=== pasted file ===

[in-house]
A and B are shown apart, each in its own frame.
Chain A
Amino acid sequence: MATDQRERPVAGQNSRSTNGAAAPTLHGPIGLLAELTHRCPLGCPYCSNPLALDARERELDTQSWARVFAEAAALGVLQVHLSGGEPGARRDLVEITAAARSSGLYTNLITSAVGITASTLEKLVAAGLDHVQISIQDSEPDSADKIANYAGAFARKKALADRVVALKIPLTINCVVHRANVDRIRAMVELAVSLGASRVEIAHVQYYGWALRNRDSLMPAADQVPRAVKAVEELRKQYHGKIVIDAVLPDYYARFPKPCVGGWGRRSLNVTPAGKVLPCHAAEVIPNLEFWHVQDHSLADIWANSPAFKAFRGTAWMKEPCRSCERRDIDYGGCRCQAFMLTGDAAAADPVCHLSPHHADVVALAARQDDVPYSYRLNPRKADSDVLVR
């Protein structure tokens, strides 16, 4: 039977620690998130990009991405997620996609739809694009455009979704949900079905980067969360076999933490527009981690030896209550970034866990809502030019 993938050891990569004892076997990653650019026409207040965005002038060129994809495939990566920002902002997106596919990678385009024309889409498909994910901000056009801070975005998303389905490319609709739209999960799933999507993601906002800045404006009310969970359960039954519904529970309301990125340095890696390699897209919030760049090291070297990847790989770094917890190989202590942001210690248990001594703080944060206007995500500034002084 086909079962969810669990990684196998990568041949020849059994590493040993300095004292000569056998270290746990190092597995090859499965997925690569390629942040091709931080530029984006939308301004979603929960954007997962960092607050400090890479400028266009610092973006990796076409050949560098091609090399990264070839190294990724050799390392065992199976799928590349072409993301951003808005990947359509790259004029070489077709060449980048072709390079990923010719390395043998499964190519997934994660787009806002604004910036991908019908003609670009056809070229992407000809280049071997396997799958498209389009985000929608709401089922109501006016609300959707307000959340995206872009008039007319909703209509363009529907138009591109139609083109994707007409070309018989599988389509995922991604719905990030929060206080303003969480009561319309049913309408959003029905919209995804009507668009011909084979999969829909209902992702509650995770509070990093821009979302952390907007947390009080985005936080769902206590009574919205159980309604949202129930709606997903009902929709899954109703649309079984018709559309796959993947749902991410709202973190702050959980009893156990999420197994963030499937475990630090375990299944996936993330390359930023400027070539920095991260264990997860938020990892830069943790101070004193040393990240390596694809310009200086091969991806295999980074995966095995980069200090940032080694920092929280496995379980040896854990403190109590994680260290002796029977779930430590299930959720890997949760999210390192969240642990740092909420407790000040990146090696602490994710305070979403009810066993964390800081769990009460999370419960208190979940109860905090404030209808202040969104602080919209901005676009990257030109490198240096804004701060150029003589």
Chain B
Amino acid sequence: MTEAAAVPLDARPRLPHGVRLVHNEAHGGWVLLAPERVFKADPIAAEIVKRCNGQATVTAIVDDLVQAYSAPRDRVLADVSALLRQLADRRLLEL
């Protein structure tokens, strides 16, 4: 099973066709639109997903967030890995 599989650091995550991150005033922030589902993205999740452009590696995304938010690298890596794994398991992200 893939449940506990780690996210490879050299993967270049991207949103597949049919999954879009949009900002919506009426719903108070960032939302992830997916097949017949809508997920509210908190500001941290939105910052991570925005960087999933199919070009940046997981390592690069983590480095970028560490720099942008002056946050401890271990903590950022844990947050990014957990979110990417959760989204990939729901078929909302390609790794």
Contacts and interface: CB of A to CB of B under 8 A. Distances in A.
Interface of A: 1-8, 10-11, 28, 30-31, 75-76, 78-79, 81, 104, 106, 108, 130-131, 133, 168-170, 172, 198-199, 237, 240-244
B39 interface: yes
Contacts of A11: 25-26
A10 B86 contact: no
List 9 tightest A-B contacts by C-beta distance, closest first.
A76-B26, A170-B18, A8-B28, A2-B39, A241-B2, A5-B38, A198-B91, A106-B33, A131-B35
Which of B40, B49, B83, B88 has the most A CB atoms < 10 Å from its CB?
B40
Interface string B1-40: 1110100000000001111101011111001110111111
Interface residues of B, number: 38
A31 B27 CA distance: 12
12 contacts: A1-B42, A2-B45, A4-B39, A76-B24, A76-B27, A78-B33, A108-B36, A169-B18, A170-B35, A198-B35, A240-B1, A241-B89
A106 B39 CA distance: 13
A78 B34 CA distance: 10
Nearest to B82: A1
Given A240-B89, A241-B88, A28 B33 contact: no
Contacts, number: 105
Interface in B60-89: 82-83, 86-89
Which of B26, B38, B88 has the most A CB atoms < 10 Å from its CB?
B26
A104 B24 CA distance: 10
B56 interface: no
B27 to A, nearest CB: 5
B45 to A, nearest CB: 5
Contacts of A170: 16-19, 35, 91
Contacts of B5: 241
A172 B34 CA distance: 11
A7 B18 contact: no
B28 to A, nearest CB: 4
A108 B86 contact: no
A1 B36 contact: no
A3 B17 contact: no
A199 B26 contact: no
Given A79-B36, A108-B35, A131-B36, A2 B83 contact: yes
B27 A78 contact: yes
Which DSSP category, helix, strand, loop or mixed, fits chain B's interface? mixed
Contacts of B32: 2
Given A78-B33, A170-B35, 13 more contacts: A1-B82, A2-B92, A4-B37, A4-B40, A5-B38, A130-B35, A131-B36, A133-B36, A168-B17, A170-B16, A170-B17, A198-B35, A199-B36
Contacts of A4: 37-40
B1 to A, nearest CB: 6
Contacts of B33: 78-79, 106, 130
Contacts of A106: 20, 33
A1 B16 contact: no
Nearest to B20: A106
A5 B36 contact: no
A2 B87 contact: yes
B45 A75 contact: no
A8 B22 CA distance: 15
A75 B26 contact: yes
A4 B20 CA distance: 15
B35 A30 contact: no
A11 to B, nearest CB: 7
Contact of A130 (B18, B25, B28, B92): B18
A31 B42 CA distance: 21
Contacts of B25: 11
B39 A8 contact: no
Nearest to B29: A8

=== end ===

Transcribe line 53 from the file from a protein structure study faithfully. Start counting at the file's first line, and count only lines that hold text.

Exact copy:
Nearest to B20: A106